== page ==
Goons: Legends & Mayhem brings brawling hockey action to players

Fight! Fight! Fight!

2 mins read

I’m Canadian. I love hockey. My love for the Ottawa Senators has been unwavering for decades now, despite the fact – let’s be real here – that they’re maybe not always the best team around. Hey, we’re getting there! As a hockey fan, I can tell you nothing gets other fans riled up quite like a good old fight. The fights in the NHL aren’t quite what they used to be, but Goons: Legends & Mayhem promises to bring good cartoon brawling to hockey in video game form.

Goons: Legends & Mayhem is inspired by games like Mario Strikers: Battle League and Windjammers, and uses outrageous special abilities to help players get the puck into the net. The 3 vs 3 game includes a full story campaign, but I feel like the real fun will be when you sit down to defeat your friends. The story campaign brings players on a journey across different ice rinks: one is nestled in a forest and another is on a pirate ship, for example. The goal is to stop the Great Mascoteer’s mission to ruin hockey. Defeat bosses, collect stuff, upgrade characters, and unlock cosmetics.

There are eight characters divided into three classes: the sharpshooter, the enforcer, and the wingman. The sharpshooter is pretty straightforward, as their job is to get the puck into the net. The enforcer is focused on defence. And the wingman is a bit of a wildcard that can either support their team or be a massive pain in the butt to the opposing team. Each character has their own special ability; these include things like exploding mines, teleportation, and freezing opponents into ice cubes. Each of the six environments has its own special mechanics, hazards, and a goaltender.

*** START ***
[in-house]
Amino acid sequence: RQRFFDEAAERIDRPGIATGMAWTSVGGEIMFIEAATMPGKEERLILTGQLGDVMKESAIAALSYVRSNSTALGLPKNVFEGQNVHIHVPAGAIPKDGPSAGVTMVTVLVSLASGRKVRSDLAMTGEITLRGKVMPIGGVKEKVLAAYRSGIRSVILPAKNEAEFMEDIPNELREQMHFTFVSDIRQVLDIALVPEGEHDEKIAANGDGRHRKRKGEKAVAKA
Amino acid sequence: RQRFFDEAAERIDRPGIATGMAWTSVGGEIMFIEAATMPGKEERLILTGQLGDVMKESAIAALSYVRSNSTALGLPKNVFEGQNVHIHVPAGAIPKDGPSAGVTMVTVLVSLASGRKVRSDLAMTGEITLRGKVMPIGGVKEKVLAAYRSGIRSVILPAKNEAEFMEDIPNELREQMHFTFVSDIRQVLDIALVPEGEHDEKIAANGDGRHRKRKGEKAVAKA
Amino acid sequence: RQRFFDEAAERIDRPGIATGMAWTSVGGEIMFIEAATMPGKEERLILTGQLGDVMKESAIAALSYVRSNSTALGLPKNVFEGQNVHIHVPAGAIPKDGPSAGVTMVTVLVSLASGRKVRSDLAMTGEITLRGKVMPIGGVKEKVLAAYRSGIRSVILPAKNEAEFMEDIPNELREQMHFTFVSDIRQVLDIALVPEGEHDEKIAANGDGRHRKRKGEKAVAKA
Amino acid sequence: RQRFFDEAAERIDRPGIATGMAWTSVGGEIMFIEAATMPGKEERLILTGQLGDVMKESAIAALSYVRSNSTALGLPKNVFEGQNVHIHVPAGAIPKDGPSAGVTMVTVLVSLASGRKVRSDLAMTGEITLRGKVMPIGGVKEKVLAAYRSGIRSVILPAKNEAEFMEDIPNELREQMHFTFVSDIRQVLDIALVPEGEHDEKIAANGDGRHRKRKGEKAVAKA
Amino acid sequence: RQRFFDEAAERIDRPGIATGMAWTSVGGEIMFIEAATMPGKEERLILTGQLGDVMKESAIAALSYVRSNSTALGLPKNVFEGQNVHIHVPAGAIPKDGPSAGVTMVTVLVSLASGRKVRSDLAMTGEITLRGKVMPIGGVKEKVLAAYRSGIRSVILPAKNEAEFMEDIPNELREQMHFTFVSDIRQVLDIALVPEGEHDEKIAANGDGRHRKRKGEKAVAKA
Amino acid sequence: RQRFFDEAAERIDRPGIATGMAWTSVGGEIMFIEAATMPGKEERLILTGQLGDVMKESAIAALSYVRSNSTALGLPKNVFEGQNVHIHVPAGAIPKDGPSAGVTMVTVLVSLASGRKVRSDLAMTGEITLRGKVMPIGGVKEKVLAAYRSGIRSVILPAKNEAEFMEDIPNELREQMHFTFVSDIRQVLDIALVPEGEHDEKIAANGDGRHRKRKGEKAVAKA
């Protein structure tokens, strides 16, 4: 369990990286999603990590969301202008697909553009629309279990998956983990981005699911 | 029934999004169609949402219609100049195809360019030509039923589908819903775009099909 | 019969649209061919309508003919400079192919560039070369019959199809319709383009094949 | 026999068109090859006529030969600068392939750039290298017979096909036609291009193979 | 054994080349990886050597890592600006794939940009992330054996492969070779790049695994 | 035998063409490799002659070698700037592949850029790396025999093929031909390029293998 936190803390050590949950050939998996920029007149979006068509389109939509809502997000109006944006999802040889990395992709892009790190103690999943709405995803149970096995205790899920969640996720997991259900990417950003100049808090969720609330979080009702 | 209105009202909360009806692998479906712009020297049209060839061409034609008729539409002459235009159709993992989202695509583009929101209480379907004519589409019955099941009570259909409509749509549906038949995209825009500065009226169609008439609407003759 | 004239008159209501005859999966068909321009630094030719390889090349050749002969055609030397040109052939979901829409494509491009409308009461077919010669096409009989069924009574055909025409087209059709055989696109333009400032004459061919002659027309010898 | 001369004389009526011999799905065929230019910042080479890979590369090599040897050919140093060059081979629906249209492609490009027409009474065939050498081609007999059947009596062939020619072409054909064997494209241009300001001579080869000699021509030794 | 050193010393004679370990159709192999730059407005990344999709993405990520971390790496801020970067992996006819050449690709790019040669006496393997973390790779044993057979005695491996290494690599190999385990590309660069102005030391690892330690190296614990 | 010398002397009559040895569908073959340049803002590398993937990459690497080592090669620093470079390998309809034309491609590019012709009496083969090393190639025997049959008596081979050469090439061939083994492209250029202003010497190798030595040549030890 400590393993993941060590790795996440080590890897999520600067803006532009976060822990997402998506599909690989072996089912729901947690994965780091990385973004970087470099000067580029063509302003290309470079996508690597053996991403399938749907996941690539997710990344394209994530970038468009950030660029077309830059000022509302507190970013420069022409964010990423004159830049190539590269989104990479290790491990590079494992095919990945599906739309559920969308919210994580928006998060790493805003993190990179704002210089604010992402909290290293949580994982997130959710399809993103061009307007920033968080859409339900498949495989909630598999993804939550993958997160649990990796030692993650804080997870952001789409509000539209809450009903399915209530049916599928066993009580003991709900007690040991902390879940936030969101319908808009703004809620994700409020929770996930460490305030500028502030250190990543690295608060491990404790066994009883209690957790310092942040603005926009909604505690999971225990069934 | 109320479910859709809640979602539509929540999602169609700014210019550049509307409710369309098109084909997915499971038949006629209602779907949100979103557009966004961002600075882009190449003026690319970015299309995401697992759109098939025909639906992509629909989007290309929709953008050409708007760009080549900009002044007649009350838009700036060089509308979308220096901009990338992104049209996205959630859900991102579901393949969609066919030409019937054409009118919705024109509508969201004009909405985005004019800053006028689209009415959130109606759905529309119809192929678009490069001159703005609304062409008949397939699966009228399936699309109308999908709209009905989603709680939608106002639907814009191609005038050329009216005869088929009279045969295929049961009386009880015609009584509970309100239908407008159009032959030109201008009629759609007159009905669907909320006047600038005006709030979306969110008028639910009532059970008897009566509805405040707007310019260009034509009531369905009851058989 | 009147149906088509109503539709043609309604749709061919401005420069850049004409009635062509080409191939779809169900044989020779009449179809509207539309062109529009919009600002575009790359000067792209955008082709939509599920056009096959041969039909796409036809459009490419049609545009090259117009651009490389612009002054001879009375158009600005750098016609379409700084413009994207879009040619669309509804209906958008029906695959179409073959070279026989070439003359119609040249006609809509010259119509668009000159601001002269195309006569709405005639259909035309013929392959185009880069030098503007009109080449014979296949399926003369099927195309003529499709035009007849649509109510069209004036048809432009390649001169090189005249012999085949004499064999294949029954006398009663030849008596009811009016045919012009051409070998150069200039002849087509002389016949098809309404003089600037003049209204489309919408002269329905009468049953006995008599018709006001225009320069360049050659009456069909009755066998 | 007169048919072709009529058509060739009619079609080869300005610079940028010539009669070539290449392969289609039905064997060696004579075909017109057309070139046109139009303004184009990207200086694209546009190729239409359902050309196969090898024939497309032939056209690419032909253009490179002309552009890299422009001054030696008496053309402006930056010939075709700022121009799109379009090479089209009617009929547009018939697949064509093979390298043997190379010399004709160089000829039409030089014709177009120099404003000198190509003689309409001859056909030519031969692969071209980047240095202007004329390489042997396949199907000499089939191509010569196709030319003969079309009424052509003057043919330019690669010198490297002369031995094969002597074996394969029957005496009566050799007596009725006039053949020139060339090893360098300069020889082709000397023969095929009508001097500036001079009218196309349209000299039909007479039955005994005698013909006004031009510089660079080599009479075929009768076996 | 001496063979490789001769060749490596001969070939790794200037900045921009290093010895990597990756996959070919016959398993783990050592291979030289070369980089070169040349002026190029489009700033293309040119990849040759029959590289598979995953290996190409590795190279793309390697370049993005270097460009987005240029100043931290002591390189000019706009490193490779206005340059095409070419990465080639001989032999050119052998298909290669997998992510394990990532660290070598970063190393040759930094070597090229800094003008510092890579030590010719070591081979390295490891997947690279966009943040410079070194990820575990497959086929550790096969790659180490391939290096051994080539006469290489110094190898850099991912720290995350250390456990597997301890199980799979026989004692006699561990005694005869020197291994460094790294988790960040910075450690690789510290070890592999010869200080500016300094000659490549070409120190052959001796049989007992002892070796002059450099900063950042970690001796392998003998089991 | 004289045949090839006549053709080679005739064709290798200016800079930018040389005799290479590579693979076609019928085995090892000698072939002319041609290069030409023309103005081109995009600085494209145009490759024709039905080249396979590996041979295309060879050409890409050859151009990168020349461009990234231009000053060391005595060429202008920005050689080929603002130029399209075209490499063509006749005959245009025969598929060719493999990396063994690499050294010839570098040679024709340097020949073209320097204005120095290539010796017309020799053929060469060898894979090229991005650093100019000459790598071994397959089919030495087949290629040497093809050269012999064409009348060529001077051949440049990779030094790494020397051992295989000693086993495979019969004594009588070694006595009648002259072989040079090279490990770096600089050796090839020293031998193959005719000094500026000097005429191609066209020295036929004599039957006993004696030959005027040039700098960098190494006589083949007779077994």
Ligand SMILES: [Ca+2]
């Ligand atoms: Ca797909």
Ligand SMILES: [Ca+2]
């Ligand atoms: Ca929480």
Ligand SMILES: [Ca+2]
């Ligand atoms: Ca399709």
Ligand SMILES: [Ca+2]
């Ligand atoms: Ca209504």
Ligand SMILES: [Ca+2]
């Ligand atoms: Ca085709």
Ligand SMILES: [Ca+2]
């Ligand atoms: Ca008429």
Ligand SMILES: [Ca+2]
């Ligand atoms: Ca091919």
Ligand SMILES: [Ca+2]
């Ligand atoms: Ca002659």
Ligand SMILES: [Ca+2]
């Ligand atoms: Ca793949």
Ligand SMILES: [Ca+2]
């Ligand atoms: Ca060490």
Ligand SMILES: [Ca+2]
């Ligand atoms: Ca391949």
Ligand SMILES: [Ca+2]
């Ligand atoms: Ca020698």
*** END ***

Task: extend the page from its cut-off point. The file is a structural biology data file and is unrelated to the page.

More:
Developed by RageCure Games and published by Firestoke, Goons: Legends and Mayhem will be released for PC, PlayStation, Nintendo Switch, and Xbox this year. There’s no word on which PlayStation and Xbox consoles, though.


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Lindsay picked up an NES controller for the first time at the age of 6 and instantly fell in love. She began reviewing GBA games 20 years ago and quickly branched out from her Nintendo comfort zone. She has has developed a great love of life sims and FMV titles. For her, accessibility is one of the most important parts of any game (but she also really appreciates good UI).

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